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This cache is located in Ashingdon, Essex.
Ashingdon means 'Assa's hill', from a personal name and 'dūn' meaning hill.
Ashingdon is the probable site of the Battle of Assandun on 18th October 1016. It was fought by the Danish, led by Canute the Great, who triumphed over the English army led by King Edmund Ironside. The battle was the conclusion to the Danish reconquest of England
Ashingdon Hill is the likely location of King Edmund's camp, as it faces the field of battle. Canewdon church sits atop another hill, and was probably the site of King Canute's camp. Early chronicles report of fierce fighting at "Hyde Wood", nearly halfway between the two villages. Following his defeat, Edmund was forced to sign a treaty with Canute. By this treaty, all of England except Wessex would be controlled by Canute.
After Edmund's death on 30 November 1016, a church was built in Ashingdon, and was completed 4 years after the battle. Canute attended the dedication of Ashingdon Minster with his bishops and appointed his personal priest, Stigand, to be priest there. The church is now dedicated to Saint Andrew but is believed previously to have been dedicated to Saint Michael, who was considered a military saint: churches dedicated to him are frequently located on a hill.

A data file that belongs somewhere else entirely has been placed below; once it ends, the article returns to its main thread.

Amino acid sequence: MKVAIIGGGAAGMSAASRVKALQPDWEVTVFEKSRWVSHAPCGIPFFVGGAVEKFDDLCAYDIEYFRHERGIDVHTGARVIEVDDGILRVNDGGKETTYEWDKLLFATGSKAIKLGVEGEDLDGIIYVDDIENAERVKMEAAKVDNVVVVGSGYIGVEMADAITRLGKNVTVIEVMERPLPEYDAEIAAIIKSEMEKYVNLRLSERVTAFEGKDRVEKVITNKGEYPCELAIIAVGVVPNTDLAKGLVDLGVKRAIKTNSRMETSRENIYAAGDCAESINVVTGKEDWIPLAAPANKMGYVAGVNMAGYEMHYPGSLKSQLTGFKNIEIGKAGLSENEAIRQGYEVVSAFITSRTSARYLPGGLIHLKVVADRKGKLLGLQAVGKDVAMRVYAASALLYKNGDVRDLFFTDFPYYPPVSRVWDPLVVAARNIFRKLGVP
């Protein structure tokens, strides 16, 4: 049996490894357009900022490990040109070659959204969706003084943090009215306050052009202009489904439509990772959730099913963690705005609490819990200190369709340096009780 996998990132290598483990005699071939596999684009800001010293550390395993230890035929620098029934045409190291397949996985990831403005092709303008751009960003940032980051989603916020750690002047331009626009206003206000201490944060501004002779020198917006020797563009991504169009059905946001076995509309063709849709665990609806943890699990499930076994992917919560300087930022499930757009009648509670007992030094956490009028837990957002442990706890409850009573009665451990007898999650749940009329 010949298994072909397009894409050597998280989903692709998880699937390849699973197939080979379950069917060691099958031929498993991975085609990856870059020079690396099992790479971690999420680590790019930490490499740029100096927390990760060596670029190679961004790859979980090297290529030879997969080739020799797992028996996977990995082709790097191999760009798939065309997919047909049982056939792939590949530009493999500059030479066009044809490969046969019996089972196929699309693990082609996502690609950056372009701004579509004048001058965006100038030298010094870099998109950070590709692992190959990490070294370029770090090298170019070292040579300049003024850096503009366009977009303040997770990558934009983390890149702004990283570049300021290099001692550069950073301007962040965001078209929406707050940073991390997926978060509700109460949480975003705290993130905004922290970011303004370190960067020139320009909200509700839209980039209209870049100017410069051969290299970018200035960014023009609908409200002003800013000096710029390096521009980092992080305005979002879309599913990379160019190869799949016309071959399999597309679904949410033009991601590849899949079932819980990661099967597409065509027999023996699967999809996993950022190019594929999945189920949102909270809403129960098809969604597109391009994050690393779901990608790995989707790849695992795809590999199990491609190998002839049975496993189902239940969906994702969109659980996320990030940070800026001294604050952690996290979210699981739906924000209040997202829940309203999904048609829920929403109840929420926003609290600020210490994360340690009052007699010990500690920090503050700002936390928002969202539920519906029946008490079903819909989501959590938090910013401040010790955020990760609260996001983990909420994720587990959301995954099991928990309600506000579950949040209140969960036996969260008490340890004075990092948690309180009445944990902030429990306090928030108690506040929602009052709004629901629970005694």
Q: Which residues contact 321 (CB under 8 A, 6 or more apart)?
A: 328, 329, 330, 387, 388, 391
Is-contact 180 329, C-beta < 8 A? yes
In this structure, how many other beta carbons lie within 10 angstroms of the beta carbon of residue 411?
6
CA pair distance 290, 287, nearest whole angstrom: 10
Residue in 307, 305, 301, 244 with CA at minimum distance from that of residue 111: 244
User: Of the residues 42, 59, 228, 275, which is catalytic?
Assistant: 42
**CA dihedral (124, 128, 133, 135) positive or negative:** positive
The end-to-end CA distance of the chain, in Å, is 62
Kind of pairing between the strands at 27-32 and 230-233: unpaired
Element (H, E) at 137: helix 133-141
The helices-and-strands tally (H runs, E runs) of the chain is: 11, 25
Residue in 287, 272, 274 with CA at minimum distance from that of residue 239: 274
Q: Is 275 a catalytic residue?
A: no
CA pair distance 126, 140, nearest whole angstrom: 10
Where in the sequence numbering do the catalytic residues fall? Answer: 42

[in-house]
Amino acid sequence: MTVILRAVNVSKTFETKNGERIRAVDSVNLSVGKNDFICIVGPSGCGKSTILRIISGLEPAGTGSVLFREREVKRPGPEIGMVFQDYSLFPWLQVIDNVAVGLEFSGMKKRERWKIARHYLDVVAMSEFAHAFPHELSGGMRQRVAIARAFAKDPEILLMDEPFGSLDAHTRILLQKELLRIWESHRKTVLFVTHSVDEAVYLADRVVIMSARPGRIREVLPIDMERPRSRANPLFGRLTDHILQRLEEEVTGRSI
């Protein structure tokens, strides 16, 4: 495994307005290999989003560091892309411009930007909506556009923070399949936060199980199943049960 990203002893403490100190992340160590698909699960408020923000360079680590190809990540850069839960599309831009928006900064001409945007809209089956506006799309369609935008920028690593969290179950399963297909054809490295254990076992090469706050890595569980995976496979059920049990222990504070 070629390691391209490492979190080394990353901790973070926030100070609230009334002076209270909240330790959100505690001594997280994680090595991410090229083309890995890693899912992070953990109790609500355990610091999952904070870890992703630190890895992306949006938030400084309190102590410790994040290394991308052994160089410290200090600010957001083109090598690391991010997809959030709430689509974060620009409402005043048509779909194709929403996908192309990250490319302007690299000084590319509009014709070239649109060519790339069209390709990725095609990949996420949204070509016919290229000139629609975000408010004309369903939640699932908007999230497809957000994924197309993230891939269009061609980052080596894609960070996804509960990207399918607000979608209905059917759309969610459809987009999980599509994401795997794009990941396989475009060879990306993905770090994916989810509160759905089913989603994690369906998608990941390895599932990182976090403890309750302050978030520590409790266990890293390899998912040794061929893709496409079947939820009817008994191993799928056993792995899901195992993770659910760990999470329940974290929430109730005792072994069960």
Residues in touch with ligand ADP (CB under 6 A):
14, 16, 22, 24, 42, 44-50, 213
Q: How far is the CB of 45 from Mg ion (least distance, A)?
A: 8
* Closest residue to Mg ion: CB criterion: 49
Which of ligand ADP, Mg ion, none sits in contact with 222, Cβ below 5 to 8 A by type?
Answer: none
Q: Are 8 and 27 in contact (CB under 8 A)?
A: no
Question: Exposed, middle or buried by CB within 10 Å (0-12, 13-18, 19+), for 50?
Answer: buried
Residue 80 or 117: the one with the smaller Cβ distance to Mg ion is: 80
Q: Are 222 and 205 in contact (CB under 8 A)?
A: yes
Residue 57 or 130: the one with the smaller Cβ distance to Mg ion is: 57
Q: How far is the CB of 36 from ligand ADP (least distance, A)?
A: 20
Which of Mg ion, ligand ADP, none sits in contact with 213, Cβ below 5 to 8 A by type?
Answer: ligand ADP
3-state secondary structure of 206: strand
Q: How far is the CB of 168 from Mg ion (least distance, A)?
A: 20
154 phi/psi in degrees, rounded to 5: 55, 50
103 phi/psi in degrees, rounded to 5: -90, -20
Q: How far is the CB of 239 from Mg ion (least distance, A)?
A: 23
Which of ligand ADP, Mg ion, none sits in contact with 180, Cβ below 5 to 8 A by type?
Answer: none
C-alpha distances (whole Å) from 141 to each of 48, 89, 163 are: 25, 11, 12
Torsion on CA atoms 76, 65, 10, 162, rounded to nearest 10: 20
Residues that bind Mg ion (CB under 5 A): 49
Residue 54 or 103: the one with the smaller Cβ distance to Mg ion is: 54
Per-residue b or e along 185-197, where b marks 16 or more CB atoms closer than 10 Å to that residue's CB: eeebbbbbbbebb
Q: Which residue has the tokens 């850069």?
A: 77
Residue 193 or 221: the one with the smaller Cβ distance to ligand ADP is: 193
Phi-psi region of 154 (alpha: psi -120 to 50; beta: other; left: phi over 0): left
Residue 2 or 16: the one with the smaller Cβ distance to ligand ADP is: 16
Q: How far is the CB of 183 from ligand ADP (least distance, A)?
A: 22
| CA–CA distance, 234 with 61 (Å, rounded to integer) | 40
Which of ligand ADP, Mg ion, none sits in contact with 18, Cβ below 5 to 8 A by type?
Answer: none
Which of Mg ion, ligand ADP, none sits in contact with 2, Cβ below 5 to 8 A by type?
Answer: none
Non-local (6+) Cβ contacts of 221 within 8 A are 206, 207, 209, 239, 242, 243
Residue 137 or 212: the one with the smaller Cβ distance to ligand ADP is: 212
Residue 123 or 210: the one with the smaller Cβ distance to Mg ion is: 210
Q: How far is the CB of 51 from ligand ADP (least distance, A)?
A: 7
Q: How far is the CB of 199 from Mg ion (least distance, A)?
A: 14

Ashingdon has had links in the past with Denmark. Prince Georg, the cousin of King Fredrick IX, a senior member of the Danish Royal Family visited Ashingdon in January 1951. He came with diplomats from the Danish Embassy to commemorate and celebrate the Battle of Ashingdon. The Prince visited the Rectory, then Ashingdon Minster. Prince Georg brought a flag of Denmark and a model of a Viking longship. These both still hang inside St Andrew's Church. Visits were made by Ashingdon villagers to Jelling in Denmark, the home of King Canute's family. Jelling also sent exchange visitors to Ashingdon.
This Danish and Viking heritage is reflected in the village sign.
If anybody would like to expand the Village Sign Series, please do. I would ask that you let Smokeypugs know first at www.villagesignseries.co.uk so they can keep track of the Village Sign numbers and names to avoid duplication.
Urnq urvtug. Gnxr lbhe gvzr, vg'f n ohfl whapgvba.
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Coordinates are in the WGS84 datum